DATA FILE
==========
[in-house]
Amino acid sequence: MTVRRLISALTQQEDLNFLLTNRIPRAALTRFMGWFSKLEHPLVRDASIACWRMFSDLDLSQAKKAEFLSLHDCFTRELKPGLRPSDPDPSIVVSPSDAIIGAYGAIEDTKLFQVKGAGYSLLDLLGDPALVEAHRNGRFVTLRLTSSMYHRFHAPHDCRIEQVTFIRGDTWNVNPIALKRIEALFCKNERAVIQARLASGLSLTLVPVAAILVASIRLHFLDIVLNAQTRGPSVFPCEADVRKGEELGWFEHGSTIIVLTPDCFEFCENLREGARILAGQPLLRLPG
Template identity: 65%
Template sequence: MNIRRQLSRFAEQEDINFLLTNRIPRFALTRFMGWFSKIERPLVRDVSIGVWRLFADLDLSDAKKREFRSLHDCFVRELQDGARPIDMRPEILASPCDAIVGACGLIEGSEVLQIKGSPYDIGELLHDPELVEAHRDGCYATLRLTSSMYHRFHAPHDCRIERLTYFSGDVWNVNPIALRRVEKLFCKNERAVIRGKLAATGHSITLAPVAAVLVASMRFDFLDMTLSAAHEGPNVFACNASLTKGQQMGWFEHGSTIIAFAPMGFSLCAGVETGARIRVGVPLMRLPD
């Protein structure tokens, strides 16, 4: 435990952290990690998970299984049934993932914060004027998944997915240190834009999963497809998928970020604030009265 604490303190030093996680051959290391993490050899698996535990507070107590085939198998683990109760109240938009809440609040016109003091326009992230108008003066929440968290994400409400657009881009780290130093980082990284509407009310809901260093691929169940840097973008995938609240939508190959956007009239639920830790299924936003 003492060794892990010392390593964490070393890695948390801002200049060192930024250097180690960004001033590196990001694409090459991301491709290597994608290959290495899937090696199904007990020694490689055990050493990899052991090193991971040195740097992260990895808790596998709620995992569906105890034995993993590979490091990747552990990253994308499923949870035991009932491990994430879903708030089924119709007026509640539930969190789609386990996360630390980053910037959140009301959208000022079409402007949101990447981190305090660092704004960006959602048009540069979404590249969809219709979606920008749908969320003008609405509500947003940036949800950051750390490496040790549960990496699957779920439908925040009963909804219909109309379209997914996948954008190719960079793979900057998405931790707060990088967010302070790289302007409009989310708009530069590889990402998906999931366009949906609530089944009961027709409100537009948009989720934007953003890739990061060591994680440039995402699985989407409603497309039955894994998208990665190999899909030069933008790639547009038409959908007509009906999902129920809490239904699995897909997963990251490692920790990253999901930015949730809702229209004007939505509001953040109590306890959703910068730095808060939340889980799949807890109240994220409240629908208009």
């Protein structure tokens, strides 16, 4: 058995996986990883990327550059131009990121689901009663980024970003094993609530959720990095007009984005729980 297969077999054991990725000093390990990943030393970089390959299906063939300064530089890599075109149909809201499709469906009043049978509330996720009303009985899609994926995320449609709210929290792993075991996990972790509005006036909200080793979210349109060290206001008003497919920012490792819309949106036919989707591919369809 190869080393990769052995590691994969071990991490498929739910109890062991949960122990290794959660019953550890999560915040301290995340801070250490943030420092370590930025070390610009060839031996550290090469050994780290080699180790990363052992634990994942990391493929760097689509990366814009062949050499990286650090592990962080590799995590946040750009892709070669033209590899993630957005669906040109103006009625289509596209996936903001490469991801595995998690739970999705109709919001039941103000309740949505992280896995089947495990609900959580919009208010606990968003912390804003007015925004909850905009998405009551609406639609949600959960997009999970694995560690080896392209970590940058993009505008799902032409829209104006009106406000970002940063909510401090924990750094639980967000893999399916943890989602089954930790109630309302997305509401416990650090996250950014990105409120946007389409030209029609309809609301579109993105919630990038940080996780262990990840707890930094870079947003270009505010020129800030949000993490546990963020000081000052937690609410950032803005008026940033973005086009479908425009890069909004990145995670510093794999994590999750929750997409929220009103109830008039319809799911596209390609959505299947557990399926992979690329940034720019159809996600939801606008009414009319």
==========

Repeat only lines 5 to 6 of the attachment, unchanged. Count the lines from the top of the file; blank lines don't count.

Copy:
């Protein structure tokens, strides 16, 4: 435990952290990690998970299984049934993932914060004027998944997915240190834009999963497809998928970020604030009265 604490303190030093996680051959290391993490050899698996535990507070107590085939198998683990109760109240938009809440609040016109003091326009992230108008003066929440968290994400409400657009881009780290130093980082990284509407009310809901260093691929169940840097973008995938609240939508190959956007009239639920830790299924936003 003492060794892990010392390593964490070393890695948390801002200049060192930024250097180690960004001033590196990001694409090459991301491709290597994608290959290495899937090696199904007990020694490689055990050493990899052991090193991971040195740097992260990895808790596998709620995992569906105890034995993993590979490091990747552990990253994308499923949870035991009932491990994430879903708030089924119709007026509640539930969190789609386990996360630390980053910037959140009301959208000022079409402007949101990447981190305090660092704004960006959602048009540069979404590249969809219709979606920008749908969320003008609405509500947003940036949800950051750390490496040790549960990496699957779920439908925040009963909804219909109309379209997914996948954008190719960079793979900057998405931790707060990088967010302070790289302007409009989310708009530069590889990402998906999931366009949906609530089944009961027709409100537009948009989720934007953003890739990061060591994680440039995402699985989407409603497309039955894994998208990665190999899909030069933008790639547009038409959908007509009906999902129920809490239904699995897909997963990251490692920790990253999901930015949730809702229209004007939505509001953040109590306890959703910068730095808060939340889980799949807890109240994220409240629908208009």
């Protein structure tokens, strides 16, 4: 058995996986990883990327550059131009990121689901009663980024970003094993609530959720990095007009984005729980 297969077999054991990725000093390990990943030393970089390959299906063939300064530089890599075109149909809201499709469906009043049978509330996720009303009985899609994926995320449609709210929290792993075991996990972790509005006036909200080793979210349109060290206001008003497919920012490792819309949106036919989707591919369809 190869080393990769052995590691994969071990991490498929739910109890062991949960122990290794959660019953550890999560915040301290995340801070250490943030420092370590930025070390610009060839031996550290090469050994780290080699180790990363052992634990994942990391493929760097689509990366814009062949050499990286650090592990962080590799995590946040750009892709070669033209590899993630957005669906040109103006009625289509596209996936903001490469991801595995998690739970999705109709919001039941103000309740949505992280896995089947495990609900959580919009208010606990968003912390804003007015925004909850905009998405009551609406639609949600959960997009999970694995560690080896392209970590940058993009505008799902032409829209104006009106406000970002940063909510401090924990750094639980967000893999399916943890989602089954930790109630309302997305509401416990650090996250950014990105409120946007389409030209029609309809609301579109993105919630990038940080996780262990990840707890930094870079947003270009505010020129800030949000993490546990963020000081000052937690609410950032803005008026940033973005086009479908425009890069909004990145995670510093794999994590999750929750997409929220009103109830008039319809799911596209390609959505299947557990399926992979690329940034720019159809996600939801606008009414009319």